CHARLESTON, W.Va. -- Maybe there's some truth to the claim that dogs resemble their owners.
The obesity epidemic that's affecting Americans in general and West Virginians in particular seems to be spreading to our pets.
According to the Association for Pet Obesity Prevention, American dogs and cats were living large in 2012, with a record 58.3 percent of cats, and 52.5 percent of dogs, determined to be overweight or obese.
According to APOP, a "fat gap" exists between pet owners' assessments of their animals' level of obesity and the assessments of their veterinarians. According to the survey, about 45 percent of dog and cat owners whose pets were judged to be obese by veterinarians viewed their pets as falling in the "normal" range.
Honey, does this collar make Fifi's jowls look bigger? Apparently not.
I am among guilty, in the fat pet denial department. Following recent dog checkups, we were advised to cut back on their food intake. My first reaction was to ignore the recommendation, since our mutts aren't training for the Iditarod and don't need to be particularly buff. In fact, the only tasks expected of them are to inhale, exhale and relieve themselves outdoors -- two of which they do with a high level of consistency.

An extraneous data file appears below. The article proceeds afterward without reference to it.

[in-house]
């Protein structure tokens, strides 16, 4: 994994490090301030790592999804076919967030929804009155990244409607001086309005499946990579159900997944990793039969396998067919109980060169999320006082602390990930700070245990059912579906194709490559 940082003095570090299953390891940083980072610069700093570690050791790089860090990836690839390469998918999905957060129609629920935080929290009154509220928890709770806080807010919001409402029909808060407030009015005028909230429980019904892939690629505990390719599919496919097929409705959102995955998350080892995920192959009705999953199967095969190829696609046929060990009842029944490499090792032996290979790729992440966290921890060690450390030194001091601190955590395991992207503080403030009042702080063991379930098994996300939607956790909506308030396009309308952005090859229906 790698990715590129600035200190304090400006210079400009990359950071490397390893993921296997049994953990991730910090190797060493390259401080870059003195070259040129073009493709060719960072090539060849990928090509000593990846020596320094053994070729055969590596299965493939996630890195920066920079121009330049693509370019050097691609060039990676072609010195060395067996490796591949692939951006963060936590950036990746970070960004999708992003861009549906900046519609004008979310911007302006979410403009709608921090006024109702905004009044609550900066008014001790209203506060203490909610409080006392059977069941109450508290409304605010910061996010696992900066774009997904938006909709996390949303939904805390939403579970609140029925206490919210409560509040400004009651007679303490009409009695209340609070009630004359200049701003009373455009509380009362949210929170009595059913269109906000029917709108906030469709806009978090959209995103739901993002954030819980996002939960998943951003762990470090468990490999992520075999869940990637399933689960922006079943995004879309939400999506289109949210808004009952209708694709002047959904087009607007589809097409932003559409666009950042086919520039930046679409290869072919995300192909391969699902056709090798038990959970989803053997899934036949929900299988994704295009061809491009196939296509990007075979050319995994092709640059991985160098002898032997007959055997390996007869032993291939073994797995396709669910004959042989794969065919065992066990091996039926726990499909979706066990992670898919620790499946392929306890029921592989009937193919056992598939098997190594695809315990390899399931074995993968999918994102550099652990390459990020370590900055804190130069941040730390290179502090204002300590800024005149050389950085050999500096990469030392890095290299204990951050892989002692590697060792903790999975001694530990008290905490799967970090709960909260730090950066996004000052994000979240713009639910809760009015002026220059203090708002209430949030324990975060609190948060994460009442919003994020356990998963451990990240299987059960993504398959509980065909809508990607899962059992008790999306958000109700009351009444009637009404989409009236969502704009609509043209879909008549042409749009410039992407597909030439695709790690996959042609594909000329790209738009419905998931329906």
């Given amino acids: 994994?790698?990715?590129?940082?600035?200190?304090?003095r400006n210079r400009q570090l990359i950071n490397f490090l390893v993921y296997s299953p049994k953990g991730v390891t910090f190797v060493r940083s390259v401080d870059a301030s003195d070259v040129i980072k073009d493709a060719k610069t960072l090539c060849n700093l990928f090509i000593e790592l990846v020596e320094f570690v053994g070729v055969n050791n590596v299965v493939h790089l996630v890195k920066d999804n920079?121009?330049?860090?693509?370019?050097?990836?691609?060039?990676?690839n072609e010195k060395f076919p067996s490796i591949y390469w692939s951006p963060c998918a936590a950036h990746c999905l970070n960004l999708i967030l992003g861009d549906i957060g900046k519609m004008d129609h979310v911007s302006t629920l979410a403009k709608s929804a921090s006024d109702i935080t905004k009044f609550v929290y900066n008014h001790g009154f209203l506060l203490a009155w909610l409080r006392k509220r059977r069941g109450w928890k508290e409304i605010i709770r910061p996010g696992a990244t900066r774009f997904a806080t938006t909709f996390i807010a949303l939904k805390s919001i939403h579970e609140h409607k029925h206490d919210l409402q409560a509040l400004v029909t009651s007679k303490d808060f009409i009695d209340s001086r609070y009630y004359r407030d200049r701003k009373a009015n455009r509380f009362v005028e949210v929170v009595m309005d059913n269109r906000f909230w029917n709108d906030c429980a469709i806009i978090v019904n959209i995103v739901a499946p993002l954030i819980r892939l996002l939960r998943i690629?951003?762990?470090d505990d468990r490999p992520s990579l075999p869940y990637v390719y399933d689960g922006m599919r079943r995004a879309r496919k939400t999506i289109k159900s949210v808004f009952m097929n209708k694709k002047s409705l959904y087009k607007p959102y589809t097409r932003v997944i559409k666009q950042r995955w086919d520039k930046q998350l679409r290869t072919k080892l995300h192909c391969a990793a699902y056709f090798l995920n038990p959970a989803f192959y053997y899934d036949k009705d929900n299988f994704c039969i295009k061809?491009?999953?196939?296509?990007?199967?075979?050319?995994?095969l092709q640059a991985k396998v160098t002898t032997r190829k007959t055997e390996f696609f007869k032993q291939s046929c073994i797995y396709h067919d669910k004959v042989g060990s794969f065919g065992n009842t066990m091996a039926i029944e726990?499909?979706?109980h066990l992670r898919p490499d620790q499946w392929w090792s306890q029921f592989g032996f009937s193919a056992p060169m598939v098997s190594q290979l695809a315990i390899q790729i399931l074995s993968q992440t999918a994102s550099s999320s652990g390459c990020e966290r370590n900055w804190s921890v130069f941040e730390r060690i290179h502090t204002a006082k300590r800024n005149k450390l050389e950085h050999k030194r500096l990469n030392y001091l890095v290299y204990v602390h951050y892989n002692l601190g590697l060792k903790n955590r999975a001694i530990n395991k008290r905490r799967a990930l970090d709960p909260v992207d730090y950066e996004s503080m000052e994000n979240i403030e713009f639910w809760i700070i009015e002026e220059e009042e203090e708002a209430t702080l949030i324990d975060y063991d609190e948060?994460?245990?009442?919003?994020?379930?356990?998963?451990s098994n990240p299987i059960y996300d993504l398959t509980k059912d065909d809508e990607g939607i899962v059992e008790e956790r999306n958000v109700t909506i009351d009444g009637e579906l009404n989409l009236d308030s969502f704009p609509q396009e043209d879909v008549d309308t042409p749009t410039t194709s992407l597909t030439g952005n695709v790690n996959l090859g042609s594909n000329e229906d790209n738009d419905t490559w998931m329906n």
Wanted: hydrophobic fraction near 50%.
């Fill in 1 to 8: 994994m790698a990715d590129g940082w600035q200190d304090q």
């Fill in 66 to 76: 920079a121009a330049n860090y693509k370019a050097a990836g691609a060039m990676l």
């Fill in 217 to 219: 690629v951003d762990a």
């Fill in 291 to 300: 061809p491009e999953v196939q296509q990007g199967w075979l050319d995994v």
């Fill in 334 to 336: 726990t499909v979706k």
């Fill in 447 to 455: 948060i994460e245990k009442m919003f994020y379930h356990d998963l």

But obese dogs and cats, like many of their owners, are experiencing an epidemic of type 2 diabetes, osteoarthritis and hypertension. And cutting down on their calories and upping their exercise time are the cheapest and easiest ways to keep them healthy.